Tracking your mood - why it’s good for your mental health

Helen McGillivray is a psychological therapist with over 28 years of clinical experience, including 14 years providing psychological therapies. She specialises in Acceptance and Commitment Therapy and Cognitive Behavioural Therapy. Helen is accredited with

The BACBP, the leading organisation for cognitive and behavioural therapies in the UK.

Why track your mood? What are the benefits and how should you do it?


There is often a moment at the beginning of therapy where I ask “how did that feel?" I am met with a curious look and “I don’t know” is usually the answer. From there the journey towards self-awareness begins.

We humans prefer to feel good; this goes without saying. But it is not possible to feel good all of the time. Our desire for constant happiness leads to other feelings such as frustration or despair. We learn from an early age that we shouldn’t show negative emotions - we are told to “stop crying” or “calm down.” We develop strategies to hide or prevent these emotions, for example not speaking up or avoiding situations.

It’s easy to focus on the difficult things happening in our lives without even noticing our body’s responses to them - the little messages within the body telling us that we are feeling stress, tension or fear. Regular mood tracking helps us to start noticing the patterns and triggers that cause us to feel uncomfortable emotions.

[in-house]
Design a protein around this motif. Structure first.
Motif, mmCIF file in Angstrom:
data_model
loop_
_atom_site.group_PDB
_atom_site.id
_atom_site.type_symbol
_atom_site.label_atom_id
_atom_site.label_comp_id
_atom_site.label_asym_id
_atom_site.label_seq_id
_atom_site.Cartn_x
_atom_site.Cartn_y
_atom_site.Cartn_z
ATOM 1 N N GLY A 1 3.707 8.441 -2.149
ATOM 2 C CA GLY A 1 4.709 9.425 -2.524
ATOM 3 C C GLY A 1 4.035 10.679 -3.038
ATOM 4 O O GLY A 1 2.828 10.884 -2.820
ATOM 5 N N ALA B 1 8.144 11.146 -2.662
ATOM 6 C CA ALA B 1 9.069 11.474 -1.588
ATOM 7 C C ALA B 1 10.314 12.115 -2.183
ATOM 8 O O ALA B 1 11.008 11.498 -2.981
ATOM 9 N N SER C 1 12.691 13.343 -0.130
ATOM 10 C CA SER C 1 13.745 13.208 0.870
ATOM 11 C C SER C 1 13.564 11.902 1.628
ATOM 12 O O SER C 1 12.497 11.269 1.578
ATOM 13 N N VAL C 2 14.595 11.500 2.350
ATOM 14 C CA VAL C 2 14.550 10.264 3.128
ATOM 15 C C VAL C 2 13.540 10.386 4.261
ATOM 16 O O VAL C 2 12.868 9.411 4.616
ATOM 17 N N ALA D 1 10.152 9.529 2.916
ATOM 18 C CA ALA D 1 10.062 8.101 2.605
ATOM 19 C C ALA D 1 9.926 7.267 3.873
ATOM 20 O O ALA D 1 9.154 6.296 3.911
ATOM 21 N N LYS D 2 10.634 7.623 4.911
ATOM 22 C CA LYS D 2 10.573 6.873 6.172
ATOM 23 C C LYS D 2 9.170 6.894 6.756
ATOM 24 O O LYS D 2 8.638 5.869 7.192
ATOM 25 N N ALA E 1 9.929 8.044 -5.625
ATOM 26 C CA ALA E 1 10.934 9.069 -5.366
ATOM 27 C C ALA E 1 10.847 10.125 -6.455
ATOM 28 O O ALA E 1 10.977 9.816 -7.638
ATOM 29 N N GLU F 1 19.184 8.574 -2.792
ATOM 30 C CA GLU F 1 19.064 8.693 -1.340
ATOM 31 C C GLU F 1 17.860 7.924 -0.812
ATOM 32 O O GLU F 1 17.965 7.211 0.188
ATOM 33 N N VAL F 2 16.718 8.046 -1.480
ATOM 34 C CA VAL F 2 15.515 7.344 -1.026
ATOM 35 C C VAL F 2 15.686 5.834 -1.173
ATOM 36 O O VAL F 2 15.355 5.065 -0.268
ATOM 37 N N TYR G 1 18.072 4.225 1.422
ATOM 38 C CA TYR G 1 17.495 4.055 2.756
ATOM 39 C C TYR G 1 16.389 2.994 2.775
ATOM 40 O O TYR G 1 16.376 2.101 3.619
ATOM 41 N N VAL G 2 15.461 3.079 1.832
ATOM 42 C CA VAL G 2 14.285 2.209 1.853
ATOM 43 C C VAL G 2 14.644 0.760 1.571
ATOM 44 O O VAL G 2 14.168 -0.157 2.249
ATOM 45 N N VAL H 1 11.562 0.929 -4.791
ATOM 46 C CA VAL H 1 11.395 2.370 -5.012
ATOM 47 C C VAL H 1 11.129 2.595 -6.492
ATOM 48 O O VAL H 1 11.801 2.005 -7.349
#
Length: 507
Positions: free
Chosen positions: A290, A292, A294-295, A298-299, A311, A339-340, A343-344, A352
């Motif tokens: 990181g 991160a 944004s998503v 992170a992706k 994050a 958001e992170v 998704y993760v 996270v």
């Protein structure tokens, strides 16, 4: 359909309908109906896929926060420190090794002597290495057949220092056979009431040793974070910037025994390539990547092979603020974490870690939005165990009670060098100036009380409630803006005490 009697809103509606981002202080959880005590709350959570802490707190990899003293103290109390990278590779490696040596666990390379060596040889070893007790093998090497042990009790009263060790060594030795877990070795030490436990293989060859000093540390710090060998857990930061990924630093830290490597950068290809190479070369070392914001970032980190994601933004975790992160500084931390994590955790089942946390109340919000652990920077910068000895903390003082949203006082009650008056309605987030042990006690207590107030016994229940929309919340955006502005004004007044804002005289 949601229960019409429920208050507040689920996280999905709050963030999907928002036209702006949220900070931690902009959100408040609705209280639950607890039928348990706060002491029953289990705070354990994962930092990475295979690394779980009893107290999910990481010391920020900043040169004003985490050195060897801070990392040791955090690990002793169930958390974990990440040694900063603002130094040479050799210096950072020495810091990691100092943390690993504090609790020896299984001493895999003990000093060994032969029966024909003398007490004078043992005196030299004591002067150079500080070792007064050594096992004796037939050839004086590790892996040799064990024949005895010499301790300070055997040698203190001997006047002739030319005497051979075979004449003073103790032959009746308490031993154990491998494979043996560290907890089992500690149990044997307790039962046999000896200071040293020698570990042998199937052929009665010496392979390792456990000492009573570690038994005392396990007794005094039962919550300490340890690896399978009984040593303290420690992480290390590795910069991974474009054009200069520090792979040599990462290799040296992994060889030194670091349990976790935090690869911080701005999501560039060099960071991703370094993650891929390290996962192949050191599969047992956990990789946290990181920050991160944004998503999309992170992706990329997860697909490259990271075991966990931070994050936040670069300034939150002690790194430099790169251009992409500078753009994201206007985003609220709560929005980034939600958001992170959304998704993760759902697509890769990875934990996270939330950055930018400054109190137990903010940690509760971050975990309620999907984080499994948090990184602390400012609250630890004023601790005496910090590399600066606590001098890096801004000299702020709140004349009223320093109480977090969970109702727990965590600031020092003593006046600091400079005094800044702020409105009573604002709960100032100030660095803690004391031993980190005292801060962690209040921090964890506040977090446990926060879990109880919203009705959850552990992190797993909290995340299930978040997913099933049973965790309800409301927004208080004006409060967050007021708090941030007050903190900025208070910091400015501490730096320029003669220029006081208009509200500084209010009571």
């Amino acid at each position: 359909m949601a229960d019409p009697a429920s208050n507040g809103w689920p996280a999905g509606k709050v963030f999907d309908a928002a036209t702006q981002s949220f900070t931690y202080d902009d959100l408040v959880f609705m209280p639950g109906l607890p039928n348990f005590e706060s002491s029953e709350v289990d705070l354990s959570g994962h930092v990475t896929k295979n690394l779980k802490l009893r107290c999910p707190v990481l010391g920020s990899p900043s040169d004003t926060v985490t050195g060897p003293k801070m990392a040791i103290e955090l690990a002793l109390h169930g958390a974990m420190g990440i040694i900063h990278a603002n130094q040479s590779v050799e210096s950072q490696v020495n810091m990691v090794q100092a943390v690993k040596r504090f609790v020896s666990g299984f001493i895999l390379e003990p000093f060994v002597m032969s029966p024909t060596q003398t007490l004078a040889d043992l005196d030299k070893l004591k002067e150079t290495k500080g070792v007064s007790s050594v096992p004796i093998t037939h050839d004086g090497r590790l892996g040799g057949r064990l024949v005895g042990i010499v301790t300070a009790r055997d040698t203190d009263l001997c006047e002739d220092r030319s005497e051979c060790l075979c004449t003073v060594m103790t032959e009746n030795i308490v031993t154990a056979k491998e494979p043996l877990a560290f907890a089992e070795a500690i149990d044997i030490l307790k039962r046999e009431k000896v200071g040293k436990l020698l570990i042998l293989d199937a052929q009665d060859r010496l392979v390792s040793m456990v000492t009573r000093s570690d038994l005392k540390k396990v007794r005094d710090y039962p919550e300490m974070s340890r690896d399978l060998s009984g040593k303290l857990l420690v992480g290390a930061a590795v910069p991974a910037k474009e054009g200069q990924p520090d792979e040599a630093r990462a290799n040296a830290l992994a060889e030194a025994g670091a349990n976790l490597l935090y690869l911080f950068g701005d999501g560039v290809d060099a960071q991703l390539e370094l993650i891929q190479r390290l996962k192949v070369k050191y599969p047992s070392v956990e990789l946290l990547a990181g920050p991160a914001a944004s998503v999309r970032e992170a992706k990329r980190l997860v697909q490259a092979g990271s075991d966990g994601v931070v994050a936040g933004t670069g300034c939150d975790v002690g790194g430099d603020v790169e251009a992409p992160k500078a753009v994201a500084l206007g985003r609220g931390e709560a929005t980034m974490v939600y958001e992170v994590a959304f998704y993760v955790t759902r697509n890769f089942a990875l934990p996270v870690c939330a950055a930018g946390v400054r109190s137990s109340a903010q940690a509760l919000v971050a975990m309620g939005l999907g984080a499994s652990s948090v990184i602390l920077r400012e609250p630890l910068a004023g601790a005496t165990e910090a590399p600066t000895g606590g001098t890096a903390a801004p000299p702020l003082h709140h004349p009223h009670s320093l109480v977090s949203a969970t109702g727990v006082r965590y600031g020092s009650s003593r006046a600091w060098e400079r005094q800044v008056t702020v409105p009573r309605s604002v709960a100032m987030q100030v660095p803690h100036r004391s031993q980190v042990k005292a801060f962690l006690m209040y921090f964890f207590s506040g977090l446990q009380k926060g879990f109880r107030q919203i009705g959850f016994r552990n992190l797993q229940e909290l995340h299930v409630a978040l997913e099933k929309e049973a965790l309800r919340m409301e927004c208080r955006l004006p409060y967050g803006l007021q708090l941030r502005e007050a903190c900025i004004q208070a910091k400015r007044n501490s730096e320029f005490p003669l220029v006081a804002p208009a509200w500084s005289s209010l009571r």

Many factors can affect our mood; internal triggers such as sleep, hormones and diet, or external ones such as other people’s behaviour and the situations we face in our daily lives.

Regular mood tracking allows us to start noticing the triggers that cause us to feel uncomfortable emotions. Once we become aware of our triggers, we can choose how we react to a situation and this stops us getting stuck in repeated negative behaviour patterns.

Feelings come in all sorts of shapes and sizes, durations and intensities. These feelings can provide us with very useful ‘self-management’ data, which combined with a willingness to accept all our emotions can be a game-changer. The more we allow feelings to flow, the more we connect with ourselves and the world we live in.

Our goal is to change our focus from seeking happiness or trying to avoid unpleasant emotions to developing a better relationship with our experiences as they happen. This helps us to make informed decisions and be less reactive - and over time to form more meaningful connections and lead a purposeful life.

Give it a go and see what you notice.


5 tips for tracking your mood

  1. Use a journal or an app - something with a weekly/monthly view will provide good insight.

  2. Add comments about what you are doing and who you are with – this will highlight links between situations, activities and your mood.

  3. Be consistent and regular in your tracking to see if patterns emerge.

  4. Create checkpoints in your day, set reminders and make it a habit

  5. Tune in to how feelings feel in your body, where do you feel them? Try and put a name to the feelings

Use the Mood Check-in feature in your OK Positive app to track your mood throughout the day. We’ll show you mood insights and patterns over time, with personalised content to help support your journey towards better mental health